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Discussion Starter · #1 ·
Hi all, I'm new to the group.
(Waving)
I currently have a 3 gallon tetra half moon tank with a sponge filter and heater and have purchased a 6.6 gallon hexagon tank.

Since his tank is fairly established can I just move him to the new tank using part of the old water and the rest new (already treated and waiting) water?

I do have a tetra filter that came with the tank but am unsure if I need that and the sponge one (which I really like).

My baby is very aggressive and I believe a tail biter as all I have in his tank are anemone's, a very well sanded cave, gravel and a hammock (which I think may have had a sharp underside so I curved it). I just think he doesn't live having a tail as much as he enjoys swimming. :). He has adorable dumbo ears!!!


Thanks all.

PS. Thinking of switching out the gravel (typical multicolored) for marbles, should I wait until new tank is more established?
 

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Move the old filter with you and you have just brought your cycle. Anything else like gravel and decor is just a bonus. The majority of your cycle lives in the filter.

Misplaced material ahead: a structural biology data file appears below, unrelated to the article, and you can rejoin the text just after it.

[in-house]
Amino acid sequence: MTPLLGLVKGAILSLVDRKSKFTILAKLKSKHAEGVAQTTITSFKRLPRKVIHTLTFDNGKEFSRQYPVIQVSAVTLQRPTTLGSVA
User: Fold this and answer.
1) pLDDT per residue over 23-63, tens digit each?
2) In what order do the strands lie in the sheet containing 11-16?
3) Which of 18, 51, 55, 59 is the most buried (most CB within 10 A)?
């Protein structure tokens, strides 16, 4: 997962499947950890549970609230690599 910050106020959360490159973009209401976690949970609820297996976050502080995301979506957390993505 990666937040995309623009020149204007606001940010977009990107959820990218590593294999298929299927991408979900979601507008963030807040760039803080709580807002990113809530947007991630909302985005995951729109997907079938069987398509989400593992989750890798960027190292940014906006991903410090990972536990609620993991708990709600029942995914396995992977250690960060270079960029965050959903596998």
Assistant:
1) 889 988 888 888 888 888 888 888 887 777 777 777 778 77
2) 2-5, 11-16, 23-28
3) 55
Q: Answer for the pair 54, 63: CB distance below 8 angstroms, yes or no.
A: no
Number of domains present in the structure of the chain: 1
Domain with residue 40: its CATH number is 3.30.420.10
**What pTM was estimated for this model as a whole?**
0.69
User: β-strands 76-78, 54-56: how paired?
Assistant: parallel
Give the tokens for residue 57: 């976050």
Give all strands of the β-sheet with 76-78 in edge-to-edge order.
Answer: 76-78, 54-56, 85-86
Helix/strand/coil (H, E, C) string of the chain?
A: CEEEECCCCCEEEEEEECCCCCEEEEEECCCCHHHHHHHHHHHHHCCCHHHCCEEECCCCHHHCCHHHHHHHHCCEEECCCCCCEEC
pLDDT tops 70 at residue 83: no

If you bring your old water and just refill the rest with new it will be similar to a 50% water change. So it can be a little less stressful on him than all new water, but all new can be done if you acclimate him.

Most likely your sponge filter will be fine for the new tank as well.
 

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I don't see the point of using any water from the old tank since not many bacteria live in the water colum, unless you are worried about matching the parameters I would just use all new water and make sure to match ph, temperature, etc. I would definitely use his old gravel and more importantly, filter cartridge or if you useing bio media definitely transfer that, I would also recommend using a bacteria supplement (I personally have used seachem stability with much success but I know other people have had different results) and of course use an ammonia neutralizing water conditioner (be careful with this though because most conditioners/products that claim to do this are snake oil at best, seachem prime works and I think nutri fin is one that many people use but I've never used it my self so don't quote me on that) for the first week or so at least to help with the nitrogen cycle and keep the tank safe for your fish, other than the nitrogen cycle I don't think I'd be concerned as long as you match all the water parameters and continue taking good care of your fish. Hope this helped��